Q2: What about when a school wants materials emailed, and doesn't provide a mailing address (e.g. Carleton), but requests transcripts? Official transcripts (at least at my school) can't be emailed. Is it bad form to call the department and ask what to do, or am I missing something obvious?
A2: Last year, PSU accepted scanned copies of official transcripts through email.
A3: I would agree with A2. If they want it emailed, they know it won't be an official version.
A4: I emailed the search head at Holy Cross, and he said that for now, it would be fine to send unofficial transcripts, but did specify that undergraduate as well as graduate transcripts were expected.
A5: Based on what A4 just typed, I'm beginning to wonder if we should be sending undergraduate transcripts to everyone, too. Why don't they just tell us this in the announcement!?
A6: Am I the only one who thinks that undergraduate transcripts are completely irrelevant at this point? Do the chairs of faculty searches really need to know what gym credits you took in college? On that note, why are graduate transcripts even necessary? I'd be curious what experience others had, but at my graduate program you weren't assigned grades for course work. Letters of recommendation are therefore the only way for a search committee to get a sense of your performance in graduate school.
A7: Yes, undergraduate transcripts do seem a little out of the ordinary, but then as I was photocopying mine, I noticed that my undergrad transcript actually reveals more about me than my grad transcript, i.e. what courses I selected while attending a SLAC vs. what courses I took in grad school because they were the only ones offered in my department. But who knows what a search committee is looking for in the materials they ask for. [Thanks, by the way, to the person who asked about transcripts, otherwise I would have only sent my grad transcript.]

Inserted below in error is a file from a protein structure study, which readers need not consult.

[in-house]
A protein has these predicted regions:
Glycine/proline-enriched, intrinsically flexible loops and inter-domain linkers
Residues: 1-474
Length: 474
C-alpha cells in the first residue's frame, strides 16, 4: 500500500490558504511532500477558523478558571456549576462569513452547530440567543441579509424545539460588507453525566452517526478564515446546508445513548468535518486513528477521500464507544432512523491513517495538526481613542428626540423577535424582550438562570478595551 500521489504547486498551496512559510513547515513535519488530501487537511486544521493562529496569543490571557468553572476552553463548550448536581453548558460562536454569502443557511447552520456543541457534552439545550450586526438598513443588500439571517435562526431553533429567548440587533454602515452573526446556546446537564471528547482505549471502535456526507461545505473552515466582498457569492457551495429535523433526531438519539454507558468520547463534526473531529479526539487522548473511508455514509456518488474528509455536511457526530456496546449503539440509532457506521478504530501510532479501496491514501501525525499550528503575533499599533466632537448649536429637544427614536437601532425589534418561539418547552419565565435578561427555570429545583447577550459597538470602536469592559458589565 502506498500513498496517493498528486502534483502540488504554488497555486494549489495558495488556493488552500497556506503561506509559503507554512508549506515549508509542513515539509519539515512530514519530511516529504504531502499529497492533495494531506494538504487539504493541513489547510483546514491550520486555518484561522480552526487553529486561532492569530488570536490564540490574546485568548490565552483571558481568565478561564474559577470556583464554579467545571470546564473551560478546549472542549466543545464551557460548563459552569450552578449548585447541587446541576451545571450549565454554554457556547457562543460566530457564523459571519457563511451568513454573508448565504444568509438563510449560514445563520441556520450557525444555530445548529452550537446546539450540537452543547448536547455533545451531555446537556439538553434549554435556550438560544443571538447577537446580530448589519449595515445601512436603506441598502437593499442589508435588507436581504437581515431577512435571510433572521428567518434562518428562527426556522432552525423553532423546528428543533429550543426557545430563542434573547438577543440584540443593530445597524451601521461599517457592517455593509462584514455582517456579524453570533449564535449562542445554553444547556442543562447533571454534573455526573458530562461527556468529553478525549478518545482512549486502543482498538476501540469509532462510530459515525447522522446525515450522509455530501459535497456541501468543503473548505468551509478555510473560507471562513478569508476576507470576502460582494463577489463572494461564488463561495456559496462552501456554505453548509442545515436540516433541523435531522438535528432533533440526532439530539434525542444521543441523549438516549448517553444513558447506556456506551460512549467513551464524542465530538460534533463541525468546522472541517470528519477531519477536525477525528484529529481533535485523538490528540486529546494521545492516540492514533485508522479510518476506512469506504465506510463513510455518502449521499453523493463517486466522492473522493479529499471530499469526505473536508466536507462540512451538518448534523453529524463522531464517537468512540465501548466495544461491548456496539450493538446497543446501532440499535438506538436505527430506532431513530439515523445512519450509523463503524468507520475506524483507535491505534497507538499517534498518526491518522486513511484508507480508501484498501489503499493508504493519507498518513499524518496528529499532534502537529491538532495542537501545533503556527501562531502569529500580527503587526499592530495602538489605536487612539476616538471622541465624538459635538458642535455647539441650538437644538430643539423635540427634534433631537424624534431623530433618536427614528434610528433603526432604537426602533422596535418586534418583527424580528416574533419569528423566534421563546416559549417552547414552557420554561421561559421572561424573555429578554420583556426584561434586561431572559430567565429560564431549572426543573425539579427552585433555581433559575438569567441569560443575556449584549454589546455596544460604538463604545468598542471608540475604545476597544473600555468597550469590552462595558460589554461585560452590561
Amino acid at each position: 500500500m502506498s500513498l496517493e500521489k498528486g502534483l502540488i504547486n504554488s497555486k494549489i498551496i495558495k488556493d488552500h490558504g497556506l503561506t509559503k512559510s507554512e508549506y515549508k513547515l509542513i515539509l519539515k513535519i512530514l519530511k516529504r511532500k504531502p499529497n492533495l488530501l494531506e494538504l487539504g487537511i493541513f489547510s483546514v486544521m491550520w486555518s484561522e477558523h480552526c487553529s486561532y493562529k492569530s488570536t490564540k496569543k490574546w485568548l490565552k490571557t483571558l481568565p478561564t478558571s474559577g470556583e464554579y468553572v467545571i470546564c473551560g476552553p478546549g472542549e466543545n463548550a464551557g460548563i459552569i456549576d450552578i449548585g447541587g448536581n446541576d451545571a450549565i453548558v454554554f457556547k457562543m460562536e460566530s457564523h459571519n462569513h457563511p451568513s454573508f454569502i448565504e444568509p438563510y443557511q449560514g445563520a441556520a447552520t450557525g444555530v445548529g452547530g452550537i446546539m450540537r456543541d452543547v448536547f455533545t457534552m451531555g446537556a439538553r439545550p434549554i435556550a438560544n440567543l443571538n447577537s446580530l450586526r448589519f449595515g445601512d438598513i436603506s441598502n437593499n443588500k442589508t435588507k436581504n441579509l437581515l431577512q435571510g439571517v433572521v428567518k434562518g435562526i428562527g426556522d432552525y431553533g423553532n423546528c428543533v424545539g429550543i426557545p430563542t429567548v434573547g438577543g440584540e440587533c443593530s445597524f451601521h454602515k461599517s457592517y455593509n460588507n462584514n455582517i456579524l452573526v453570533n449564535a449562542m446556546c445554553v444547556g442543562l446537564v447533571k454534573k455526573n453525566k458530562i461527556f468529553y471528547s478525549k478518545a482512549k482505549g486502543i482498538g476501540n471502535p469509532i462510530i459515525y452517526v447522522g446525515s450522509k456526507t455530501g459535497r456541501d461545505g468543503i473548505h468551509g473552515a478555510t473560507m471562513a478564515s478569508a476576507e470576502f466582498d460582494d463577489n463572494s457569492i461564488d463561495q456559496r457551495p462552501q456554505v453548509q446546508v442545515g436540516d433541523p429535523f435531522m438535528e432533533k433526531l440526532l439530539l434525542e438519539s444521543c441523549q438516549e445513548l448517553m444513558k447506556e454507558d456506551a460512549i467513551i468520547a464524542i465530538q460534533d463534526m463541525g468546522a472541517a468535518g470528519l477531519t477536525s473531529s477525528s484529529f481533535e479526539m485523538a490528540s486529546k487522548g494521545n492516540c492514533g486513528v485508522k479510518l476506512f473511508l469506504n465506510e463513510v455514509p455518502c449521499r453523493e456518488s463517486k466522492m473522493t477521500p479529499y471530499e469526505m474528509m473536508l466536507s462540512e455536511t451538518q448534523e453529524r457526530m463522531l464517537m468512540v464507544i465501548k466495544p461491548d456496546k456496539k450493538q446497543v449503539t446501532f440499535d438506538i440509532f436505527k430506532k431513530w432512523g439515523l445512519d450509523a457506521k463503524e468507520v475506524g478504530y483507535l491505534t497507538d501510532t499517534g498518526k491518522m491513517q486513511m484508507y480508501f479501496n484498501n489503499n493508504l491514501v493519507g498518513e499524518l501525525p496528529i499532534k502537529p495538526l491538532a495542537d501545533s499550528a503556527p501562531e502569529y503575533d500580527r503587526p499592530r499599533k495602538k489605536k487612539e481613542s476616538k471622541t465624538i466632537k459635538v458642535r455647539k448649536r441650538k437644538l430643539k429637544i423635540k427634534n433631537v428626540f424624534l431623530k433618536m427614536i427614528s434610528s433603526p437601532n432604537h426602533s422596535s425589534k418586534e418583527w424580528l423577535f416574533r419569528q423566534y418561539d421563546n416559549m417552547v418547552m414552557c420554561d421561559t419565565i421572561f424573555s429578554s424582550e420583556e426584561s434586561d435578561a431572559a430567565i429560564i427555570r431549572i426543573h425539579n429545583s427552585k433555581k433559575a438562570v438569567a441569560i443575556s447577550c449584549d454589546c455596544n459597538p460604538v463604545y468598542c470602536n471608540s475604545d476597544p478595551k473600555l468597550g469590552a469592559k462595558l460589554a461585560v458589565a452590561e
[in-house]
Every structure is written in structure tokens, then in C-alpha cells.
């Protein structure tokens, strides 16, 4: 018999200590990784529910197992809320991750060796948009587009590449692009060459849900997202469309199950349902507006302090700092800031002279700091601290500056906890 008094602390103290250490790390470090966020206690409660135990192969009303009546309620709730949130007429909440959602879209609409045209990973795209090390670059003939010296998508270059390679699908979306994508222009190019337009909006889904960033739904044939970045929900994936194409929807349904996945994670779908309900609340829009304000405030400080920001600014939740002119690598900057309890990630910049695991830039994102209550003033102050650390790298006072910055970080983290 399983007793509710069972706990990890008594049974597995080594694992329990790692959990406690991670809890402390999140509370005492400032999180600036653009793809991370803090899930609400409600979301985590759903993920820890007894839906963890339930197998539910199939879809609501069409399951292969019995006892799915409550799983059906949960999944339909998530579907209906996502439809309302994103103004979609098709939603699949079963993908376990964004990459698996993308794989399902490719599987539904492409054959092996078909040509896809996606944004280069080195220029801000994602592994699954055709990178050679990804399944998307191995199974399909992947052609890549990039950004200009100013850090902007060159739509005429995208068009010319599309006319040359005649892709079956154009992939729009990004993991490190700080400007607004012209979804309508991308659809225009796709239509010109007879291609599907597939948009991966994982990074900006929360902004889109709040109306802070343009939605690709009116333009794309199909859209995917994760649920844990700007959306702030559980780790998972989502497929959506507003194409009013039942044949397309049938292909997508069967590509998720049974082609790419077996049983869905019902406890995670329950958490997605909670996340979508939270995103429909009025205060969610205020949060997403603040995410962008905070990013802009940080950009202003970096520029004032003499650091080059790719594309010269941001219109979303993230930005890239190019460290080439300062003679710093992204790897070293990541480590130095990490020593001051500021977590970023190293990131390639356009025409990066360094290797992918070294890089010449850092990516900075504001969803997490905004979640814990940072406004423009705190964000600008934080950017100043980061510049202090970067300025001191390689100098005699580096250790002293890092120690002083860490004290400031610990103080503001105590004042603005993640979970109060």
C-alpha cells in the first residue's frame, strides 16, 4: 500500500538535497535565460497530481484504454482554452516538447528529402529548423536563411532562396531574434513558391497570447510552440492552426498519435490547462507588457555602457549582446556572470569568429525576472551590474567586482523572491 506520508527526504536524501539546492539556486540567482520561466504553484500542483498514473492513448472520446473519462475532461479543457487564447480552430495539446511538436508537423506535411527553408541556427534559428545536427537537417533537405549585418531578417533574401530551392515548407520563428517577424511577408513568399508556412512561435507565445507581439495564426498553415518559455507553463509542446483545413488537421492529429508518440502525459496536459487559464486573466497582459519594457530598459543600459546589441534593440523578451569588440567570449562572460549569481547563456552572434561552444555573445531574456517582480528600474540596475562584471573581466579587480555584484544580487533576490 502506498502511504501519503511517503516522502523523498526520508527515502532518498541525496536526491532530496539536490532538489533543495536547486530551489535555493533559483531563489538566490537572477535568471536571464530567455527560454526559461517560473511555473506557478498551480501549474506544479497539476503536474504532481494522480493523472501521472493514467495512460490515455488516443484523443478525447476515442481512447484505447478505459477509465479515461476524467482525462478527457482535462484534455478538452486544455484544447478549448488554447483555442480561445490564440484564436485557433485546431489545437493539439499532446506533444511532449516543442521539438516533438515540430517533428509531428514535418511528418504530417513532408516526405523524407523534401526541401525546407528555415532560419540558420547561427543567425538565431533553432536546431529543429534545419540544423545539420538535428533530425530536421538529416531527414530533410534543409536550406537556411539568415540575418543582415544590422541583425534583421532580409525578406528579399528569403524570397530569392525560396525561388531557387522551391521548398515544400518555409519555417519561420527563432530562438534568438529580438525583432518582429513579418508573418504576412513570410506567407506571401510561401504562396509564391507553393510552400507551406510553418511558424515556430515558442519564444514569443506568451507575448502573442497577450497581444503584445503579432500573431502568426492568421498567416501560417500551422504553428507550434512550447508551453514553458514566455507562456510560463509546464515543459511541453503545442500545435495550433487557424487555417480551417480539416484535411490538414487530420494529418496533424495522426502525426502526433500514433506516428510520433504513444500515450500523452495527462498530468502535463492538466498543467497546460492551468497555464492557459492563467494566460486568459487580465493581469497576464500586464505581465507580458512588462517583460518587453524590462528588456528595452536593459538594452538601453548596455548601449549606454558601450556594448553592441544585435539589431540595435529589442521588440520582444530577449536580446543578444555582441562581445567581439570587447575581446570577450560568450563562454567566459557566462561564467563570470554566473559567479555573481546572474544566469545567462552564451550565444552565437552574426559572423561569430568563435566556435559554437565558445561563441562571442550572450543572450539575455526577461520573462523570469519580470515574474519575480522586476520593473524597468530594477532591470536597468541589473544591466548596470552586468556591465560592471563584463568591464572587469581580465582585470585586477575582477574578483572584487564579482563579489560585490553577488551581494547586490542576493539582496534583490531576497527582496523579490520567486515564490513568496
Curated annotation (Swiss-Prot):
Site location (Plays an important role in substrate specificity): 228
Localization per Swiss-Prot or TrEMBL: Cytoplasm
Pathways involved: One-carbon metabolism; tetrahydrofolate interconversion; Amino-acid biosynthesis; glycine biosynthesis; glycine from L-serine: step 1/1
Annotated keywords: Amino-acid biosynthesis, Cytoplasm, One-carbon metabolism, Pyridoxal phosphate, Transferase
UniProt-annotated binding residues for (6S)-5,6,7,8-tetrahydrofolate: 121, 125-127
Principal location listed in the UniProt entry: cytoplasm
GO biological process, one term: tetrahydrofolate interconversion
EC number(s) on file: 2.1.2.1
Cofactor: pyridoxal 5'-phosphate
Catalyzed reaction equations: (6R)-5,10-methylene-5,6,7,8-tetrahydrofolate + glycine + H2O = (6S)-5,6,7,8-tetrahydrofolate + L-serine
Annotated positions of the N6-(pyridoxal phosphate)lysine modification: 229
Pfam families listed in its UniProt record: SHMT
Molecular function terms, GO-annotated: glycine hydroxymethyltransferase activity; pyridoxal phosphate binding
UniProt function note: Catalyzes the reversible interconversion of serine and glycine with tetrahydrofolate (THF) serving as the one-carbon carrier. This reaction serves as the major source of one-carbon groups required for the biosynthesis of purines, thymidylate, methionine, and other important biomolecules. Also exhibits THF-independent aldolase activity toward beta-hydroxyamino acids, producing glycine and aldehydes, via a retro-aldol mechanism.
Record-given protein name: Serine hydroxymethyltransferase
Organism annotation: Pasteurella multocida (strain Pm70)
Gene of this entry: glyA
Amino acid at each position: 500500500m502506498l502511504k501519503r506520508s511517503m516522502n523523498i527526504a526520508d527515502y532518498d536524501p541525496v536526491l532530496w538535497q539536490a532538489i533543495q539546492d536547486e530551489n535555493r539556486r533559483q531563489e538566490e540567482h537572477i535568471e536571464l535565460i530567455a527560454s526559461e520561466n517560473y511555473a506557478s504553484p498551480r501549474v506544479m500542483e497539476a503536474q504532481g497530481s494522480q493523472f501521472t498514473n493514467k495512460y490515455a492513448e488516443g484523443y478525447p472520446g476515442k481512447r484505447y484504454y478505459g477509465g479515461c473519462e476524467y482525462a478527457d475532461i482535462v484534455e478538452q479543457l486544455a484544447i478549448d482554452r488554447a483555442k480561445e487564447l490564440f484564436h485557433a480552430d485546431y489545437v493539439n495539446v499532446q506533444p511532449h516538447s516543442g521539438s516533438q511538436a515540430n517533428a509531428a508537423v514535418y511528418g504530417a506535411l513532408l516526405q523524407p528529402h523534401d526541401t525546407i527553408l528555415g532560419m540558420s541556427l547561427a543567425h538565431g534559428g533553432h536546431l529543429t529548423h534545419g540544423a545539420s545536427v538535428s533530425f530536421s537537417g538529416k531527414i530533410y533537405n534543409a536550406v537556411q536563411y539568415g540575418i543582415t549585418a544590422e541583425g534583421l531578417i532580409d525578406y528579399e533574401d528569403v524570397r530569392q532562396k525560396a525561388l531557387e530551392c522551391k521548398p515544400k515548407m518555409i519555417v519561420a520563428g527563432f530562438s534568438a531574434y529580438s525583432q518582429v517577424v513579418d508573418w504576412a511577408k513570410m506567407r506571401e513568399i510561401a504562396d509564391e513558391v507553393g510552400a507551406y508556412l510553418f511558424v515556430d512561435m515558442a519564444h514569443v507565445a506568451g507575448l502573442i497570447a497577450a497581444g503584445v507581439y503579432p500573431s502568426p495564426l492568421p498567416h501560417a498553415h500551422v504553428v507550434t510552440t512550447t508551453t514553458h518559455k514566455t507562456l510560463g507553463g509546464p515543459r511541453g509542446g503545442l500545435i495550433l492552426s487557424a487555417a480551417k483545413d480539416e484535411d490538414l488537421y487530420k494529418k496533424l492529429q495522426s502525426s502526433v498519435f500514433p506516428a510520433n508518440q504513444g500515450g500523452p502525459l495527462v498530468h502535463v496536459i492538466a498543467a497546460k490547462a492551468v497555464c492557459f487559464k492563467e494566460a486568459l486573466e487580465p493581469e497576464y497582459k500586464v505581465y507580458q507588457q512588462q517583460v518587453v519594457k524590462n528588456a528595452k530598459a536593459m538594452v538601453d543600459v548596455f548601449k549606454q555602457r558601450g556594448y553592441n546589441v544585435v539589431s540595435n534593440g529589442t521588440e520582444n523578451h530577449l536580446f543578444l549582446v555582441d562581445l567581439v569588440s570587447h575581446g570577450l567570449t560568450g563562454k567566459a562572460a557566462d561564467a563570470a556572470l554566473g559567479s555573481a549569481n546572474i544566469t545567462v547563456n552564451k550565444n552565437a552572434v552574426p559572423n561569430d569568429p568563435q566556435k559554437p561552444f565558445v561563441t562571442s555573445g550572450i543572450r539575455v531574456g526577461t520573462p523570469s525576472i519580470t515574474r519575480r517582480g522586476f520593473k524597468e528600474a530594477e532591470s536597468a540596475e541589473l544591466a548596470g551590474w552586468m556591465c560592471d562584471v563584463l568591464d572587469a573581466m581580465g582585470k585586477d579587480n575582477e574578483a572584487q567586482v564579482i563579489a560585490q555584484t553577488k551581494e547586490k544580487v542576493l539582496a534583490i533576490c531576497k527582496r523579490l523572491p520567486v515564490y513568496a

Q3: Any thoughts about a posting that doesn't ask for any transcripts, i.e., U of Delaware?
A8: It seems Delaware is interested in things that matter (teaching, publications, etc.)
Recommendation Letters Q. One of my recommenders often submits letters after the deadline, and has told me that posted deadlines don't apply to recommendation letters. Can anyone confirm that this is true? On the one hand, I can understand that schools would cut faculty recom
A1: Oy vey. I've dealt with this and seen colleagues deal with this and it's not fun. (I've also been on search committees as a student rep, so I've seen the other side of the process.) Recommendation letters are very important-especially if the search
Q2: Related Q: How many people send in more letters than requested, or other materials? I'm surprised, for example, that SLACs don't always request teaching evals in the first round.
A2: My advisor has the attitude that Q1 describes, which has been incredibly stressful. I've gotten into the habit of telling him/her that the deadline is a couple weeks sooner than it really is.
A3: Two cents from someone who is currently on a search committee: I'd rather get a letter that arrives on time from a dossier service than one that arrives late from a faculty member who has cut/pasted to include the name of my institution in the lette
Q1 (again): Well, it's nice to know I'm not alone, at least. And very useful to have some insider perspective on this. Thanks.
A4: Use Interfolio. And request letters from your recommenders in like, June.

Pet Peeves C: Job "announcements" that direct you to an HR website for a description of the position, yet when you click through, the search is not listed.
D: Frustrated Leading tones.
E: When people delete entire job postings. Unrelated: what happened to Holy Cross?
- Right where it has always been: "College of the Holy Cross"
E (again): Oh. Well, the frustration still stands.
F When people get the jobs that I want.
- Yeah, that totally bugs me too.
Salary Info,%202010/012%20sepGrayBook2010-2011.pdf - UIUC 2010 Salaries

Acronym guide CMS: College Music Society
CHE: Chronicle of Higher Education
HERC: Higher Education Recruitment Consortium
IHE: Inside Higher Ed
MVL: Music Vacancy List (published by the College Music Society). Requires a member login.
AMS-L: American Musicological Society listserv
SEM-L: Society of Ethnomusicology listserv
SEM: Society of Ethnomusicology. Their current job list requires a member login.
TT: Tenure Track
VAP: Visiting Assistant Professor
ABD: All-But-Dissertation